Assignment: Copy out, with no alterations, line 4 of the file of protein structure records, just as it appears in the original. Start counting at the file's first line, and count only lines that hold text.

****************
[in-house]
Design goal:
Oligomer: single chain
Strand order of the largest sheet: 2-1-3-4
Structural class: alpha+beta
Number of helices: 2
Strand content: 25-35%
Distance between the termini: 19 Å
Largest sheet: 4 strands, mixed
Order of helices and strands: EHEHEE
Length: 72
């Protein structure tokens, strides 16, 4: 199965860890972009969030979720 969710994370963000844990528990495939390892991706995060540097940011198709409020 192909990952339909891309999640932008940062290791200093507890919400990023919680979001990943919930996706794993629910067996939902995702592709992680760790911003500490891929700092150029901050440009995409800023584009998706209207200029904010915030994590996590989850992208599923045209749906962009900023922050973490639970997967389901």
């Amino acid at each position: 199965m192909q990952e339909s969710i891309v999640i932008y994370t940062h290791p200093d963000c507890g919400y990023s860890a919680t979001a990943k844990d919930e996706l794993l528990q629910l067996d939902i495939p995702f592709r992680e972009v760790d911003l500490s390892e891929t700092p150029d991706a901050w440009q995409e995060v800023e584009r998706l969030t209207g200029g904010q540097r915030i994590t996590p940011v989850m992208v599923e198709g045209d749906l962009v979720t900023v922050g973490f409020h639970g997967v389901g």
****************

Strand order of the largest sheet: 2-1-3-4